‘He didn’t want to contradict himself’ so he censored both groups

Kokot related her other brushes with the administration to The Fix, going back to the spring. All involved seemingly arbitrary decisions by administrators on speech-related issues.

Resident advisors told some students this summer to take down their “Trump flags” because they could be considered offensive. She then consulted the Residence Hall Handbook, which prohibits decorations on doors and windows, yet it’s not applied evenly: “RA’s can put decorations and stuff on your doors and they allow other students to put up certain decorations, so it’s kind of wishy washy.”

In contrast, nothing happened last year when her roommate “put a bunch of memes on our door,” according to Kokot.

Last spring YAF planned to build a wooden display on campus grounds in line with a Young America’s Foundation suggestion for chapters to “engage on the issue of border security,” she said.

As with the intended Unborn Lives Matter poster this fall, “it wasn’t really going to be an issue as long as we labeled that it was our club doing it,” Kokot said. She went to Nason for permission for the display, and he redirected her to the facilities director.

“He was actually very supportive of the idea and even offered to help us transport materials and stuff if we needed,” Kokot said of the facilities director.

When she went back to work the next day, Nason told her “he had talked to the board members and they decided that it wasn’t something that they wanted on campus, so our approval was revoked”:

He said that part of that reasoning was because he had also told a group that they couldn’t put up a display that basically promoted the opposite of what we were promoting, and he didn’t want to contradict himself.

MORE: Public university threatens student for pro-Trump sign in his window

Also last spring, YAF tried to get the college’s marketing department to send a press release for its event with Pavlich, the conservative pundit, because “I know they do them for clubs and certain events.”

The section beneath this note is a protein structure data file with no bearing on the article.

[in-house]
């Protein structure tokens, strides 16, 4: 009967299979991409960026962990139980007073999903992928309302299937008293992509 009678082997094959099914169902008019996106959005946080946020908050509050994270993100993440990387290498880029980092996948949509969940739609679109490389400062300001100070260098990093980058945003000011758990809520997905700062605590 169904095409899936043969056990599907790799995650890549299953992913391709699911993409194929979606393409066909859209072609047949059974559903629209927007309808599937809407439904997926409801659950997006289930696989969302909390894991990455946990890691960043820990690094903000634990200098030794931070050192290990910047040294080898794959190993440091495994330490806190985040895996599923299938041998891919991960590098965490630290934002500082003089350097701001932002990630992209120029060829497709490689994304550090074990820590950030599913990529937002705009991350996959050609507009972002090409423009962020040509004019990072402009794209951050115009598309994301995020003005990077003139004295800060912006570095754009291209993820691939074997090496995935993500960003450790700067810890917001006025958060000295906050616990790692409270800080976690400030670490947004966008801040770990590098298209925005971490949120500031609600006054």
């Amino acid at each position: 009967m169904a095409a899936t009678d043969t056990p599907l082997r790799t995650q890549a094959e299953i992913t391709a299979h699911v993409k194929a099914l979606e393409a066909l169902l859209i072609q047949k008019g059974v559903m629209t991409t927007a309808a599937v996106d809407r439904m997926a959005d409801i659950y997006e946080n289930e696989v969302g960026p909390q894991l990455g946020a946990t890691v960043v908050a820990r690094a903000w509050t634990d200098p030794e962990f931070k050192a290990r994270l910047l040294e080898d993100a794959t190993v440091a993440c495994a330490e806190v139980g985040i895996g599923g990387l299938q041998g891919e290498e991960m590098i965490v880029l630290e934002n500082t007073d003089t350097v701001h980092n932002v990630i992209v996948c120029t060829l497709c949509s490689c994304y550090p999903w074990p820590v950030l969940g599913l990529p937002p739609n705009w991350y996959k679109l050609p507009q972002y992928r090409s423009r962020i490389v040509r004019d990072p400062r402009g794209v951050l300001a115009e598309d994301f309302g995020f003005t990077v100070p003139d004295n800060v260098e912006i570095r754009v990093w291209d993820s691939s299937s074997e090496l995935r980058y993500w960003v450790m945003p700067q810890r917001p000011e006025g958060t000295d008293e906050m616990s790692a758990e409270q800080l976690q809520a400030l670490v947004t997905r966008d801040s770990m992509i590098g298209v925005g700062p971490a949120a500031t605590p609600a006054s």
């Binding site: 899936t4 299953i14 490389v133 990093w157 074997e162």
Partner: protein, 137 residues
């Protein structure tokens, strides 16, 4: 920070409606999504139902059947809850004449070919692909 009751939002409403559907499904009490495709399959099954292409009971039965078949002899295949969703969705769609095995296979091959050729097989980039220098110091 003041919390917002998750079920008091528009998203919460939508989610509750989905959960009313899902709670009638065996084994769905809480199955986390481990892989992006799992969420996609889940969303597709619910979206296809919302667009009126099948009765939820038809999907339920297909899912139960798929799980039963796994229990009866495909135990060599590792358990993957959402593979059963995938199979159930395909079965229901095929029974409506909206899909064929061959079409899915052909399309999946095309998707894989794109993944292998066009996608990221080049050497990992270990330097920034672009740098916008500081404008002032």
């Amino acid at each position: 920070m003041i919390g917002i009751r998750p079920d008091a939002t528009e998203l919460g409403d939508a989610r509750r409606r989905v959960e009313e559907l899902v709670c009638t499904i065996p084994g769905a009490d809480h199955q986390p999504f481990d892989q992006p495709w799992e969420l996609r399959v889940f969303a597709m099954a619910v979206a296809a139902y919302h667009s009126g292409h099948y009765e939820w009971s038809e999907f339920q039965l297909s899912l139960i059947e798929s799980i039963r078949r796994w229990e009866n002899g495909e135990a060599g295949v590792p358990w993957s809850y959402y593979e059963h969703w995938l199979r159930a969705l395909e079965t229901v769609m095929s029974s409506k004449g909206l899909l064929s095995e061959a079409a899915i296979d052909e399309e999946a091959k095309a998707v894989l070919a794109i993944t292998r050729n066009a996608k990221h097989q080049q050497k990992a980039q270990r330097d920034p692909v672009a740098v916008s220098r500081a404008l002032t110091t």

After she submitted a formal request, the department told Kokot the college only does press releases for events that will get a lot of media attention. She was also encouraged to combine her efforts with other departments on campus:

But the funny thing was that I was asking other students and other club leaders about it, and the president of the environmental club told me that they have done press releases before and they didn’t have to do anything with another department, so that was kind of odd.

The confusion continued when Nason set up another meeting for her with the marketing department, according to Kokot. The department told her “they didn’t want to put anything out that wasn’t going to be published, and they wanted us to get support from another department on campus.”

The debacle was so close to the Pavlich event that the club ended up doing its own advertising, she said. “It shouldn’t have been an issue” because Pavlich is “really well known” and “it’s Billings, Montana. Whenever there is an event, I don’t know, it’s usually advertised quite a bit.”

MORE: Student pro-life display casually vandalized in broad daylight

IMAGE: Richard Elzey/Flickr

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About the Author
Audrey Fahlberg is a fourth-year student at the University of Virginia studying Political Philosophy, Policy and Law. She is currently an opinion writer, editorial board member and columnist for The Cavalier Daily, the student newspaper. This summer, she interned for the American Enterprise Institute fellow Jonah Goldberg. In her free time, Audrey enjoys reading and singing with The Virginia Sil'hooettes, one of UVA's all-female a cappella groups. Her work has also been featured in the Washington Examiner.